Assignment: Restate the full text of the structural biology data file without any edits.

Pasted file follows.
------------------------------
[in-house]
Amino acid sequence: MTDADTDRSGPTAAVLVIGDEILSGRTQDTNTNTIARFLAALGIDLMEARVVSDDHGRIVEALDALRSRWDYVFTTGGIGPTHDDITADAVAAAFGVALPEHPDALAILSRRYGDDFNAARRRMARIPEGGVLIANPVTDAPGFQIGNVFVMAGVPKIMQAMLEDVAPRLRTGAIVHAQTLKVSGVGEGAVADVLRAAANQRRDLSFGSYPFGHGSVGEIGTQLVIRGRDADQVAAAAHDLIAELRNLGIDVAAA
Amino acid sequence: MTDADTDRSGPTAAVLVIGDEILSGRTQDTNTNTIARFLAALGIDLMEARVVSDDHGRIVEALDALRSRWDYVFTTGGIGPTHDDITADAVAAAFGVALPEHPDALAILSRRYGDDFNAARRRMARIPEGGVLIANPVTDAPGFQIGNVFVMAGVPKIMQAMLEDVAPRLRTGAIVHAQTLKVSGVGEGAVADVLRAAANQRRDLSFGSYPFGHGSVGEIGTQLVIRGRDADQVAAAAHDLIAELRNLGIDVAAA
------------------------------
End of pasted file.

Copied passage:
[in-house]
Amino acid sequence: MTDADTDRSGPTAAVLVIGDEILSGRTQDTNTNTIARFLAALGIDLMEARVVSDDHGRIVEALDALRSRWDYVFTTGGIGPTHDDITADAVAAAFGVALPEHPDALAILSRRYGDDFNAARRRMARIPEGGVLIANPVTDAPGFQIGNVFVMAGVPKIMQAMLEDVAPRLRTGAIVHAQTLKVSGVGEGAVADVLRAAANQRRDLSFGSYPFGHGSVGEIGTQLVIRGRDADQVAAAAHDLIAELRNLGIDVAAA
Amino acid sequence: MTDADTDRSGPTAAVLVIGDEILSGRTQDTNTNTIARFLAALGIDLMEARVVSDDHGRIVEALDALRSRWDYVFTTGGIGPTHDDITADAVAAAFGVALPEHPDALAILSRRYGDDFNAARRRMARIPEGGVLIANPVTDAPGFQIGNVFVMAGVPKIMQAMLEDVAPRLRTGAIVHAQTLKVSGVGEGAVADVLRAAANQRRDLSFGSYPFGHGSVGEIGTQLVIRGRDADQVAAAAHDLIAELRNLGIDVAAA